Part of our mission is to provide students and electronics enthusiasts with the foundational tools they need to succeed in the technological world of embedded electronics. As such, we’ve developed a stable curriculum, teaching everything from beginner electronics to advanced wireless communication.
The training will introduce the basics of electronics, circuits, electricity, engineering and computing using Arduino. Arduino is an open-source electronics prototyping platform based on flexible, easy-to-use hardware and software. It’s intended for artists, designers, hobbyists, and anyone interested in creating interactive objects or environments.

  What You Will Learn

Electronics Safety

Tools and Machines

Introduction to Embedded Systems

  • Understanding an embedded system.
  • Study of market profile.

Review of Basic Concepts

  • Overview of basic electronics and digital electronics.
  • Microcontroller vs. Microprocessor
  • Common features of Microcontroller.
  • Comparison between
  • Different types of microcontrollers.

Basic Electronic Components

  • Resistor
  • Capacitor
  • Relay
  • Switches
  • Diode
  • Transistor
  • Voltage Regulators
  • Transformers

Introduction to Arduino

  • Pin configuration and architecture.
  • Device and platform features.
  • Concept of digital and analog ports.

Familiarizing with Arduino Interfacing Board

Introduction to Embedded C and Arduino platform.

First Step to Practical Learning

  • Generating different LED patterns.
  • Rotation of LEDs
  • Relay Race of LEDs.
  • Binary Counter.

Giving Inputs to the Controller

  • Controlling LEDs with keys.
  • Keys as toggle switch.
  • Interfacing a piezo Buzzer
  • Using a buzzer as an alarm unit.


  • Using an Optocoupler
  • Isolating control and logic circuit

Interfacing DC motors to Arduino

  • H-Bridge Circuit
  • Making of power supply and a basic robotic car


  • Type of relays.
  • Working of a magnetic relay.
  • Controlling Electrical appliances with electromagnetic relays.

Interfacing a 8 bit LCD to Arduino

  • Fixed one line static message display.
  • Running message display.
  • Using the LCD Library of Arduino.

Interfacing APR 9600 Voice recording IC

Interfacing DTMF decoder

Interfacing a Matrix Keypad to Arduino

  • Working of a matrix keypad
  • Using the keypad library to interface with Arduino.

Introduction to Sensors

  • Magnetic relay switches.
  • Temprature sensors.
  • Proximity sensors.
  • Other sensors available in the market.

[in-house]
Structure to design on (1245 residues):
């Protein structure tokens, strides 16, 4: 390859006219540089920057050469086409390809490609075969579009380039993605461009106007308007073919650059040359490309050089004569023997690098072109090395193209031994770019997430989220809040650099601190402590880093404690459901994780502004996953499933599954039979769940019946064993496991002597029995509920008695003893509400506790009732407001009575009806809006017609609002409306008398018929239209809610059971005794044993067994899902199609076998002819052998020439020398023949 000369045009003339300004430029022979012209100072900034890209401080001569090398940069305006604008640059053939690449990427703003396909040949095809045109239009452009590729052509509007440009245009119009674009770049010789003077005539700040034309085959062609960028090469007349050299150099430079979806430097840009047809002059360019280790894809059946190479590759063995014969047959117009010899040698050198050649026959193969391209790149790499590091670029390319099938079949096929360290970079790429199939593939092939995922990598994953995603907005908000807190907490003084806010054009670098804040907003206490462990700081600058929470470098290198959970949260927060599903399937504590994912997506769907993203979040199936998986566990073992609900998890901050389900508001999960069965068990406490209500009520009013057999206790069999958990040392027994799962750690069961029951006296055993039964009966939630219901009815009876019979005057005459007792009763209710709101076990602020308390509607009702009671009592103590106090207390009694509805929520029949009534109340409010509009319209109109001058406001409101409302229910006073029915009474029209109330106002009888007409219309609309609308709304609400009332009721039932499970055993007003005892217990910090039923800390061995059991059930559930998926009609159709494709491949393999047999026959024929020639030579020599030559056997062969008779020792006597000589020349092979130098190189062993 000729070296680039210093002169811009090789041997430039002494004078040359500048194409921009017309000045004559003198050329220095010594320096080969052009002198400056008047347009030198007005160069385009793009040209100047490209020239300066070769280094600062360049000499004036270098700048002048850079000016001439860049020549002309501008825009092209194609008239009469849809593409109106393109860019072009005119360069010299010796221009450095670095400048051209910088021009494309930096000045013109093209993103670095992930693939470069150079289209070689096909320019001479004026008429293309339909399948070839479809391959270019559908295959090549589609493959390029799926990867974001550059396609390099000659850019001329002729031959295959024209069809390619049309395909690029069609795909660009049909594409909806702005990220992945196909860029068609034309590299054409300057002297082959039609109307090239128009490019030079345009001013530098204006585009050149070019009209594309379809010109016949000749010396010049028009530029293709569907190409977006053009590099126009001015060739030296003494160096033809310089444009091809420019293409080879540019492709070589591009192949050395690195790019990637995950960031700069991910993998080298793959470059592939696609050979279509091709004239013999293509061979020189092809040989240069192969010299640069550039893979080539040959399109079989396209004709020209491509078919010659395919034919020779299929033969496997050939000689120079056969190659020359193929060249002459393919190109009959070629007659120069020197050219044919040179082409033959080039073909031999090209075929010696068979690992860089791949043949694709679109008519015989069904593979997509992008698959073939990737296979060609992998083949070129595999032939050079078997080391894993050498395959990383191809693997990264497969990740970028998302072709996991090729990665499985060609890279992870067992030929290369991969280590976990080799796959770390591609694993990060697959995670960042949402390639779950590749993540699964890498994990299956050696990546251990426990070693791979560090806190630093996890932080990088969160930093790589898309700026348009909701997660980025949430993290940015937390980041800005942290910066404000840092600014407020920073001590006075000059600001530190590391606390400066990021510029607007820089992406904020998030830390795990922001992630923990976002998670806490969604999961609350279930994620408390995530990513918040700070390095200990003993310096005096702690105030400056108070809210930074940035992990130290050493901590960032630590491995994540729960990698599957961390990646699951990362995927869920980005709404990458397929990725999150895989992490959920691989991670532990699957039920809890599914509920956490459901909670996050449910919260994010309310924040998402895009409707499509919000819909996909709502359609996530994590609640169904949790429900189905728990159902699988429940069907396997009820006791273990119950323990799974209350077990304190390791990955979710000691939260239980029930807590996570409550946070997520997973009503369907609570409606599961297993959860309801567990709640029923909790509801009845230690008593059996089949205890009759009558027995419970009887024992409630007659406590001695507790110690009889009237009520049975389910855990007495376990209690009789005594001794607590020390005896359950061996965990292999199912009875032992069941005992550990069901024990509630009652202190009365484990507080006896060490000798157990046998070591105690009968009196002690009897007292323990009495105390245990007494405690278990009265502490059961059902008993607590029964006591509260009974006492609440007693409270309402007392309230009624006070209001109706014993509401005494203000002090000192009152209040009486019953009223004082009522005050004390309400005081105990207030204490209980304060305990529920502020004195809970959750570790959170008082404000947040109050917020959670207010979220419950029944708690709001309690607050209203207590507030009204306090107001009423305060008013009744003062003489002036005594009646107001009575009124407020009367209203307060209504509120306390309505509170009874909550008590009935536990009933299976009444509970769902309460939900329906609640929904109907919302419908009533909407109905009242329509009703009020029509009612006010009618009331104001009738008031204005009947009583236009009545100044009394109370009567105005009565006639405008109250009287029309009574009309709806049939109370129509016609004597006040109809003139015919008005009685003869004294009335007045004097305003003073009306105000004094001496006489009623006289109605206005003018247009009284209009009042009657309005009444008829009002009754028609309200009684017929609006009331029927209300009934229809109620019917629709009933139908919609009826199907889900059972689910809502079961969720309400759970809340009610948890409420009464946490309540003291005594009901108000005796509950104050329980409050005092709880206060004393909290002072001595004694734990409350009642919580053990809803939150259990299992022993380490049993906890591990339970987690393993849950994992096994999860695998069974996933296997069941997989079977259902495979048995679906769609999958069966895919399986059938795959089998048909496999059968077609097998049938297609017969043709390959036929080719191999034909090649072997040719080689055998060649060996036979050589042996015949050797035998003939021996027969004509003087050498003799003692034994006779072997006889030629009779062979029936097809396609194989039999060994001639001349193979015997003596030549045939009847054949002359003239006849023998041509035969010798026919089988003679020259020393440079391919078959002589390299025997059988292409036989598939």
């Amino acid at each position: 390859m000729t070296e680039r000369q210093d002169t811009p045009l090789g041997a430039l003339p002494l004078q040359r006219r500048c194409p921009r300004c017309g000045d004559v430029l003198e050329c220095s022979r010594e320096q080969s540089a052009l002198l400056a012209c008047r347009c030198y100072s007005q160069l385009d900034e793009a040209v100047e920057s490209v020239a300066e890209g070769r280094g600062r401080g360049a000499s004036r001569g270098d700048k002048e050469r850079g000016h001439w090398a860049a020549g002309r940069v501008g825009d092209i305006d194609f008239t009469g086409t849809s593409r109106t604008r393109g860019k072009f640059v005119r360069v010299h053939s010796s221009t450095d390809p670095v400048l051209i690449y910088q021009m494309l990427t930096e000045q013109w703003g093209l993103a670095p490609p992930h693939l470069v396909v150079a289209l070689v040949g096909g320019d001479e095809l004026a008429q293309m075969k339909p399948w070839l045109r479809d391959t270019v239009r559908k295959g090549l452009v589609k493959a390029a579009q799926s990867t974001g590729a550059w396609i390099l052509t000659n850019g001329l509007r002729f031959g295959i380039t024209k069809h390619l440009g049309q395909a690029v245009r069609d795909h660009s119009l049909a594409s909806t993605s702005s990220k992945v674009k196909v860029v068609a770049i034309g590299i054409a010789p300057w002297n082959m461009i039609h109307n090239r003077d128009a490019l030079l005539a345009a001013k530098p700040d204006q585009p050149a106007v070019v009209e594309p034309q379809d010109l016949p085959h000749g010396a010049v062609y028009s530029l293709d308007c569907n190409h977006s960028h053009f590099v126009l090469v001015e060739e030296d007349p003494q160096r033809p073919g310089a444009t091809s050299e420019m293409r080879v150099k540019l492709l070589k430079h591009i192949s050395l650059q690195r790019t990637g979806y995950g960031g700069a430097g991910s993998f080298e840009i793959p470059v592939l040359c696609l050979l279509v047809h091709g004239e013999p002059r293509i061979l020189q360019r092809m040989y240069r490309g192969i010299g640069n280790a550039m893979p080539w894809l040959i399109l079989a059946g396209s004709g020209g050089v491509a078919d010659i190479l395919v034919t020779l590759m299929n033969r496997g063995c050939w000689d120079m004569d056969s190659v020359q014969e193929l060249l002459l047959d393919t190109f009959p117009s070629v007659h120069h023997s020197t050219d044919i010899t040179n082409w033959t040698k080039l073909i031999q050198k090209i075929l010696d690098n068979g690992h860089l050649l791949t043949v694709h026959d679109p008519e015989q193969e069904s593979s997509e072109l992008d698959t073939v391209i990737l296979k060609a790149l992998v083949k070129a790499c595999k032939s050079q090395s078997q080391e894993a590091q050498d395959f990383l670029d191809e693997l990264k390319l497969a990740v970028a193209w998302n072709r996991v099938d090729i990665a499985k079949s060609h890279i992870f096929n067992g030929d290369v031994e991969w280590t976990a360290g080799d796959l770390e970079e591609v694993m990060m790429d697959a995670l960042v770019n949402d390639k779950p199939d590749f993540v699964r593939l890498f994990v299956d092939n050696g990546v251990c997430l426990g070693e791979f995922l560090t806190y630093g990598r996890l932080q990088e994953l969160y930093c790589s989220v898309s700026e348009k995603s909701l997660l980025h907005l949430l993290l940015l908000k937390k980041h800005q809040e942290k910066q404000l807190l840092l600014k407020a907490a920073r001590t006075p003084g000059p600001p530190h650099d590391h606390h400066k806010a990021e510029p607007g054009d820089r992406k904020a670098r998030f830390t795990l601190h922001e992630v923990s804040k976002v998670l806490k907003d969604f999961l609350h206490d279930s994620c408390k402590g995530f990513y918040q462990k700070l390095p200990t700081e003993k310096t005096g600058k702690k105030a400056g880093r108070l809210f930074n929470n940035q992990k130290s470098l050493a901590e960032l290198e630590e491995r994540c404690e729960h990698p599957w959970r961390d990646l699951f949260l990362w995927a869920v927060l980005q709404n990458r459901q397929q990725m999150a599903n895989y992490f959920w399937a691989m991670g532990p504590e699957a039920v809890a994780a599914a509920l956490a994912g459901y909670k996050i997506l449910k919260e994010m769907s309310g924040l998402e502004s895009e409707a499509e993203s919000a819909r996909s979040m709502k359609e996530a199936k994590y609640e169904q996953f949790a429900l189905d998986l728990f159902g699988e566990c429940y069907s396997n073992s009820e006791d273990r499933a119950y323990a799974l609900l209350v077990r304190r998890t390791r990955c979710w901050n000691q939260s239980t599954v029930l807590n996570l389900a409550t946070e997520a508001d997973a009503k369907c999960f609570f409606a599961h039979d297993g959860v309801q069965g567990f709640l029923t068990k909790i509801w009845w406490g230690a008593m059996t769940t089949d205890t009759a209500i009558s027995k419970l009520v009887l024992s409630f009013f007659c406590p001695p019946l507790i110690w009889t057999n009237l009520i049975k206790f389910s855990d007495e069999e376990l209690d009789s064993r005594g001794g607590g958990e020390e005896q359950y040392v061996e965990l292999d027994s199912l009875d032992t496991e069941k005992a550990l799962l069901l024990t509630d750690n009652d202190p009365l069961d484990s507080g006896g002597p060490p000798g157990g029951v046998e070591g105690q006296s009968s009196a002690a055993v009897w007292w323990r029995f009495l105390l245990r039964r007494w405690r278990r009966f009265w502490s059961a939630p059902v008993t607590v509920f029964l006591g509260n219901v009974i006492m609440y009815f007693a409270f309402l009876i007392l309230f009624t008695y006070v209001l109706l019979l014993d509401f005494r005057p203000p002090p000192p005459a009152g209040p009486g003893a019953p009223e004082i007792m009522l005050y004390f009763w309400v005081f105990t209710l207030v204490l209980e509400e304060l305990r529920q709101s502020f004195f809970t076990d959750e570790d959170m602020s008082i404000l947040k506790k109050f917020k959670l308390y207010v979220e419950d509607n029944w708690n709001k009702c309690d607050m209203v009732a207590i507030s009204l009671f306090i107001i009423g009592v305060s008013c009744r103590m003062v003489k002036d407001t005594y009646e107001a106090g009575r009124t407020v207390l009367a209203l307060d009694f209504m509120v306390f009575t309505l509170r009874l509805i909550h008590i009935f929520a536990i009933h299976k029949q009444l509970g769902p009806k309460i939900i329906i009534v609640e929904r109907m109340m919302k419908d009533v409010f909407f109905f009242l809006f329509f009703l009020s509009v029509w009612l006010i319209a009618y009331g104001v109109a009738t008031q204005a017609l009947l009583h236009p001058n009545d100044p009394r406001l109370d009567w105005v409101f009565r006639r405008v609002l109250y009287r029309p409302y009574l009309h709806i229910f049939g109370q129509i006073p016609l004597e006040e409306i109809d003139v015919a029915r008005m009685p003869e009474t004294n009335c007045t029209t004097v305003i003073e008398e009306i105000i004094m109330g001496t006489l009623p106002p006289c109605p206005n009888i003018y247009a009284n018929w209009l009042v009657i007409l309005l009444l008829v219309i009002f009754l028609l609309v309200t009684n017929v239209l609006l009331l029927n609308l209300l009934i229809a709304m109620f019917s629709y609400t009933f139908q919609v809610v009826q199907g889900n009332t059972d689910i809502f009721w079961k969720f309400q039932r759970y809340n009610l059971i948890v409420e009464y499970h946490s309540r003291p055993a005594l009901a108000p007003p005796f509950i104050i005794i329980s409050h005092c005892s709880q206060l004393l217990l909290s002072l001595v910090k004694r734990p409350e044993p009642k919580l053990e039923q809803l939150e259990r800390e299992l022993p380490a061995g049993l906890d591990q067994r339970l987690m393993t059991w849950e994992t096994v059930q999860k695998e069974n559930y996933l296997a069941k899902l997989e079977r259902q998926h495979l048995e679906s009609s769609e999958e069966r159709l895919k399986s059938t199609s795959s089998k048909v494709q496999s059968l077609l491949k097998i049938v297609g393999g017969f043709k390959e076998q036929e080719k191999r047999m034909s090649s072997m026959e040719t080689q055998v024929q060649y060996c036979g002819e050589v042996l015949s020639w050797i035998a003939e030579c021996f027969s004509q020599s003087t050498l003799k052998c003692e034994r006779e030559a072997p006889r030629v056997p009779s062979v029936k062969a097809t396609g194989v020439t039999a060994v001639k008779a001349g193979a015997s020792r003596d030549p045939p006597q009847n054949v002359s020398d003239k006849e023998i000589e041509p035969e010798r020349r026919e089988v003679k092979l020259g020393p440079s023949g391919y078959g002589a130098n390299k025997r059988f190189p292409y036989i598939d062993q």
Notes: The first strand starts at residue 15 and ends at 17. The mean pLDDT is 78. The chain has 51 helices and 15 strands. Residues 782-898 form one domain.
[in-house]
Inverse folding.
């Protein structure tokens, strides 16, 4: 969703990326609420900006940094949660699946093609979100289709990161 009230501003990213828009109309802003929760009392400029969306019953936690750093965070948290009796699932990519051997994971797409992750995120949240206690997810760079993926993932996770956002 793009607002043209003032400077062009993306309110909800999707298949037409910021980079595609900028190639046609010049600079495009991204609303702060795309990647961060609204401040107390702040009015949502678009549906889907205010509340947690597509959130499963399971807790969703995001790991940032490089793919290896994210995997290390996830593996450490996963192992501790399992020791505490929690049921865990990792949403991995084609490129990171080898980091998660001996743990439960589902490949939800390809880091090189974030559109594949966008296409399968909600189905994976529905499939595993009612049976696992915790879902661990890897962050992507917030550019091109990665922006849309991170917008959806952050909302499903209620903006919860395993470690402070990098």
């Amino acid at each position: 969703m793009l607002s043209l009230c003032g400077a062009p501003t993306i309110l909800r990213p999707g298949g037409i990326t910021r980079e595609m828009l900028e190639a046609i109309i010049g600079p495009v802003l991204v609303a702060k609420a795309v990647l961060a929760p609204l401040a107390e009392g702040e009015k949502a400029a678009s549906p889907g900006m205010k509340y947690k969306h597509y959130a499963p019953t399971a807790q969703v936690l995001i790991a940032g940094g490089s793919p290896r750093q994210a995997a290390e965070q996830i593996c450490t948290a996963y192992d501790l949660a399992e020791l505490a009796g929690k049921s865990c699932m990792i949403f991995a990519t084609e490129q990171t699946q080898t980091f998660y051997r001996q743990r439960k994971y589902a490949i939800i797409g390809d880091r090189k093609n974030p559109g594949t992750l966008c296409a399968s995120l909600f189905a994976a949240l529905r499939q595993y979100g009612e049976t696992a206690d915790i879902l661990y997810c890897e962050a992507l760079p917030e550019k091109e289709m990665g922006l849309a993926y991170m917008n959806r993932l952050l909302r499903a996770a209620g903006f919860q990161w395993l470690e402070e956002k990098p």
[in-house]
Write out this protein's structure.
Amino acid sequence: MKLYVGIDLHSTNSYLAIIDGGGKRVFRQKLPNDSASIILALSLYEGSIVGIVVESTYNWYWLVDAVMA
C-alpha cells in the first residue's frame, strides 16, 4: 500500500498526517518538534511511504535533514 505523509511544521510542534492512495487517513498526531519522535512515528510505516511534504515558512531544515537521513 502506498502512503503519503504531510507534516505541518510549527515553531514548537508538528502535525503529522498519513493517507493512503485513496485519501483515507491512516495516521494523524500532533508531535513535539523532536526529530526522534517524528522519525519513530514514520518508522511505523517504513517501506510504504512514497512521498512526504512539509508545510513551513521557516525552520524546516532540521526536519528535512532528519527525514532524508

• Using third party libraries for commonly used sensors.

Serial Communication


Analog inputs and ADC

Interfacing Servo motors to Arduino

Interfacing Stepper Motors to Arduino

Interfacing of a bluetooth Module

Android controlling Arduino

Interfacing a RF Module

Resources available on Internet

Installing third party libraries.

PCB Etching


In order to successfully complete the embedded systems course, student needs to take up at least one project. Following are some of the examples of Arduino based projects:

  • Line Follower Robot.
  • Bomb diffusion robot.
  • Fire fighting Robot
  • RF based robot.
  • Prototype of Delhi metro rail.
  • GSM controlled car with stereo and head lights.
  • LED Display board.
  • 8×8 LED cube.
  • Anti collision robot.
  • RF controlled robot.
  • RFID based attendance system.
  • RFID based home security system
  • Intelligent home locking system.
  • Intelligent water level management system.
  • Home automation using RFID.
  • Real time clock based home automation.
  • Arduino and android control
  • And many others.
Arduino Uno
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 What is Arduino?

Arduino is a tool for making computers that can sense and control more of the physical world than your desktop computer. It’s an open-source physical computing platform based on a simple microcontroller board, and a development environment for writing software for the board.
Arduino can be used to develop interactive objects, taking inputs from a variety of switches or sensors, and controlling a variety of lights, motors, and other physical outputs. Arduino projects can be stand-alone, or they can communicate with software running on your computer.

There are many other microcontrollers and microcontroller platforms available for physical computing. Parallax Basic Stamp, Netmedia’s BX-24, Phidgets, MIT’s Handyboard, and many others offer similar functionality. All of these tools take the messy details of microcontroller programming and wrap it up in an easy-to-use package. Arduino also simplifies the process of working with microcontrollers, but it offers some advantage for teachers, students, and interested amateurs over other systems.

This training is designed to give a basic foundation to start working with students in this heavily relevant programming and engineering setting.

If you have some specific project ideas you’d like to bring, by all means do so! We’ll do our best to try and help you turn your project ideas into reality.